Fill Me In
It’s the start of a brand new school year. But for young children, this January doesn’t feel very different from the December holidays. Schools all over the world are still relying on distance learning to teach their students, with some adopting a hybrid system, with children learning online half the time, and attending physical lessons in school during the other half.
This mixture of distance learning and physical lessons, however, makes it difficult for children to differentiate between their work and playtime. And even harder to get young children to focus on their schoolwork, or simply to sit down in front of the computer long enough to endure their online lessons.
We may have had the whole of 2020 to adjust to the work from home situation, but children don’t seem to get accustomed to things the same way we do. Like it or not, children need social interaction, and they have yet to develop the discipline to do things that don’t interest them. While short term solutions like reward and punishment may put sit your child in front of the computer for online lessons, parents have to dig a little deeper to ensure their children listen to lessons and develop an independent aptitude for learning in the long run.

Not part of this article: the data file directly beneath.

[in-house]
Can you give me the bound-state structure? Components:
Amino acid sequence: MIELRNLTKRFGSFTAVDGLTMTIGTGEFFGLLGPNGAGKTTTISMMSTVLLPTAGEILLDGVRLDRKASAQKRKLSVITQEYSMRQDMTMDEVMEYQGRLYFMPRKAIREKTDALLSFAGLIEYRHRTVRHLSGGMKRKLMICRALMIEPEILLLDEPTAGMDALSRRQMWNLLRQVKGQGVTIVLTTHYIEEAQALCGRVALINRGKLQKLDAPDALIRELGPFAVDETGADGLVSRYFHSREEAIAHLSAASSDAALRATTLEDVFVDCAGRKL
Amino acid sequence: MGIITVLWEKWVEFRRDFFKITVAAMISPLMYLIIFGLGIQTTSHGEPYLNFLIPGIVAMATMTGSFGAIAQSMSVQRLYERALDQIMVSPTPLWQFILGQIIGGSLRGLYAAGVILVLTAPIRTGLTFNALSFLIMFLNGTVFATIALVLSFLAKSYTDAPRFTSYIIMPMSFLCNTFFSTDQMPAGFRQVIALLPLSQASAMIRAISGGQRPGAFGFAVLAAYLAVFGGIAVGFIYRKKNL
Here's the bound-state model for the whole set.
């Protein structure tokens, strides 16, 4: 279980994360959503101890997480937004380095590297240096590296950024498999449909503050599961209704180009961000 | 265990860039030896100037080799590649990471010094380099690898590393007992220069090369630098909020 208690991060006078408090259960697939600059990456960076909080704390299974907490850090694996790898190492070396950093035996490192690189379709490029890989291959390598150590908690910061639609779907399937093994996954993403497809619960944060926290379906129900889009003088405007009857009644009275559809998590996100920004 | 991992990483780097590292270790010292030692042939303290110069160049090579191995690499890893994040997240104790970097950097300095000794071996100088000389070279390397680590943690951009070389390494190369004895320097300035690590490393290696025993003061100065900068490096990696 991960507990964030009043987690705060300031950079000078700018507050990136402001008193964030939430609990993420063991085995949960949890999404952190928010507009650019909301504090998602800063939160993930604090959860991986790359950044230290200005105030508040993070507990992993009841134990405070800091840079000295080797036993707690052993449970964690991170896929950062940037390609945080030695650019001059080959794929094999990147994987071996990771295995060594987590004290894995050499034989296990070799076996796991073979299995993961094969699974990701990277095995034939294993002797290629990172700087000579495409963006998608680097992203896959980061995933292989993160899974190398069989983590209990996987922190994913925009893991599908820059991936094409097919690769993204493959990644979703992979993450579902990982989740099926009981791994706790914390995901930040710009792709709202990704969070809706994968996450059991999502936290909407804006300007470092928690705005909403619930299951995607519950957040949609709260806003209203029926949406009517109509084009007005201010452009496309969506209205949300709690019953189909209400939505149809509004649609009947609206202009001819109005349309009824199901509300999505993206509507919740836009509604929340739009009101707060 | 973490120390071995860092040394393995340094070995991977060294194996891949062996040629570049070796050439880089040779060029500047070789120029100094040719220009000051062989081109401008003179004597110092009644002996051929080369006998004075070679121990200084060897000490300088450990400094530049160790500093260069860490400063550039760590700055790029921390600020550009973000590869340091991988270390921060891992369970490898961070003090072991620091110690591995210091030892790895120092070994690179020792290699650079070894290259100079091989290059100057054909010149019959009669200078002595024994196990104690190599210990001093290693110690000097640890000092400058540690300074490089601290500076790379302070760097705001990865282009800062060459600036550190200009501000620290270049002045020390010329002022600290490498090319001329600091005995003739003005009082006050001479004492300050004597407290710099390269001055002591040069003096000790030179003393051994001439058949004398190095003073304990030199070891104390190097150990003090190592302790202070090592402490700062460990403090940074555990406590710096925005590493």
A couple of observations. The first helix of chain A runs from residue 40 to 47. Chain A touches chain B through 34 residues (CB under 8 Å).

How motivation works
No matter our age, motivation has to stem from our own will and agency, and that only happens when we find an activity rewarding.
The early years are especially crucial, as they are formative years that shape the way the brain perceives motivation. Young children require a supportive caregiver to encourage them to try new things and explore new interests; to experience a sense of satisfaction from novel experiences and little accomplishments.
Overcoming challenges and indulging a child’s sense of curiosity pique their interest, reinforcing their desire to partake in an activity over and over again, and creating a routine of practising specific skills. Children will also be able to discern between activities they like and dislike, developing talents based on their interests.
Less is more
Diligence is a virtue. But nowadays, it’s increasingly important to emphasise working smart as well. After all, every invention ever created by humanity has always operated on the idea of efficiency — getting more by doing less. With children having to attend lessons under such stressful conditions, it is only right to reevaluate the way we conduct lessons.